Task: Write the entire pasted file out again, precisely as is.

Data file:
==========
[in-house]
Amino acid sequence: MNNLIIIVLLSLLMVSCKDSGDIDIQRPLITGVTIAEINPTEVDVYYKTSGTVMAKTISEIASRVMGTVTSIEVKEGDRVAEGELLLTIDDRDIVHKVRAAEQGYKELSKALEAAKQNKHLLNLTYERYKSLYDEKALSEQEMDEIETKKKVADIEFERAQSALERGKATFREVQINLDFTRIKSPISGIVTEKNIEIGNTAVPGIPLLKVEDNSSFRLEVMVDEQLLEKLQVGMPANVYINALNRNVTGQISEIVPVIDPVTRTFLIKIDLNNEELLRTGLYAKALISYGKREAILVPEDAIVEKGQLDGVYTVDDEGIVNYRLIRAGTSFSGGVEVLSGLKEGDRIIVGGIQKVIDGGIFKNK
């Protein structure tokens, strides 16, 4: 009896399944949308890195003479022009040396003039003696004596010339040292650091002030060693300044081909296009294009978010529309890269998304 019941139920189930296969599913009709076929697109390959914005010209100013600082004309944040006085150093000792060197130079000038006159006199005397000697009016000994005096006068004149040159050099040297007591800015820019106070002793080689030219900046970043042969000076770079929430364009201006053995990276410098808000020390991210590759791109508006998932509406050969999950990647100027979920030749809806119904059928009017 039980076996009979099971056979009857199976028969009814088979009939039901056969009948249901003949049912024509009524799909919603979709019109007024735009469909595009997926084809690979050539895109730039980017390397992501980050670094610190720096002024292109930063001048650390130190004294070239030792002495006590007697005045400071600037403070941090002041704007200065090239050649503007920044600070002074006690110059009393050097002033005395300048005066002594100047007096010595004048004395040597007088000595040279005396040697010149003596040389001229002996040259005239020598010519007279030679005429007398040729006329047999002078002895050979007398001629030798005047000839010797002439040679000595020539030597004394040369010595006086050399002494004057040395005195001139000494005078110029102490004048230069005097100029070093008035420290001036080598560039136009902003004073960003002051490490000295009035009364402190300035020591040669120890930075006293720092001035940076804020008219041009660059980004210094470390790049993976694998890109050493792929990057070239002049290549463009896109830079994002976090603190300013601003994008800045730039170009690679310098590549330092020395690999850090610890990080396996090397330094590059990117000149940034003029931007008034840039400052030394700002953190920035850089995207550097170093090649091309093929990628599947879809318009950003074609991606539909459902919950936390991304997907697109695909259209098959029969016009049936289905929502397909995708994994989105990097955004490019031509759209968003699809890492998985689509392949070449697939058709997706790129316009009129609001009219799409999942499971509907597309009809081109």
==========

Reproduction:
[in-house]
Amino acid sequence: MNNLIIIVLLSLLMVSCKDSGDIDIQRPLITGVTIAEINPTEVDVYYKTSGTVMAKTISEIASRVMGTVTSIEVKEGDRVAEGELLLTIDDRDIVHKVRAAEQGYKELSKALEAAKQNKHLLNLTYERYKSLYDEKALSEQEMDEIETKKKVADIEFERAQSALERGKATFREVQINLDFTRIKSPISGIVTEKNIEIGNTAVPGIPLLKVEDNSSFRLEVMVDEQLLEKLQVGMPANVYINALNRNVTGQISEIVPVIDPVTRTFLIKIDLNNEELLRTGLYAKALISYGKREAILVPEDAIVEKGQLDGVYTVDDEGIVNYRLIRAGTSFSGGVEVLSGLKEGDRIIVGGIQKVIDGGIFKNK
């Protein structure tokens, strides 16, 4: 009896399944949308890195003479022009040396003039003696004596010339040292650091002030060693300044081909296009294009978010529309890269998304 019941139920189930296969599913009709076929697109390959914005010209100013600082004309944040006085150093000792060197130079000038006159006199005397000697009016000994005096006068004149040159050099040297007591800015820019106070002793080689030219900046970043042969000076770079929430364009201006053995990276410098808000020390991210590759791109508006998932509406050969999950990647100027979920030749809806119904059928009017 039980076996009979099971056979009857199976028969009814088979009939039901056969009948249901003949049912024509009524799909919603979709019109007024735009469909595009997926084809690979050539895109730039980017390397992501980050670094610190720096002024292109930063001048650390130190004294070239030792002495006590007697005045400071600037403070941090002041704007200065090239050649503007920044600070002074006690110059009393050097002033005395300048005066002594100047007096010595004048004395040597007088000595040279005396040697010149003596040389001229002996040259005239020598010519007279030679005429007398040729006329047999002078002895050979007398001629030798005047000839010797002439040679000595020539030597004394040369010595006086050399002494004057040395005195001139000494005078110029102490004048230069005097100029070093008035420290001036080598560039136009902003004073960003002051490490000295009035009364402190300035020591040669120890930075006293720092001035940076804020008219041009660059980004210094470390790049993976694998890109050493792929990057070239002049290549463009896109830079994002976090603190300013601003994008800045730039170009690679310098590549330092020395690999850090610890990080396996090397330094590059990117000149940034003029931007008034840039400052030394700002953190920035850089995207550097170093090649091309093929990628599947879809318009950003074609991606539909459902919950936390991304997907697109695909259209098959029969016009049936289905929502397909995708994994989105990097955004490019031509759209968003699809890492998985689509392949070449697939058709997706790129316009009129609001009219799409999942499971509907597309009809081109």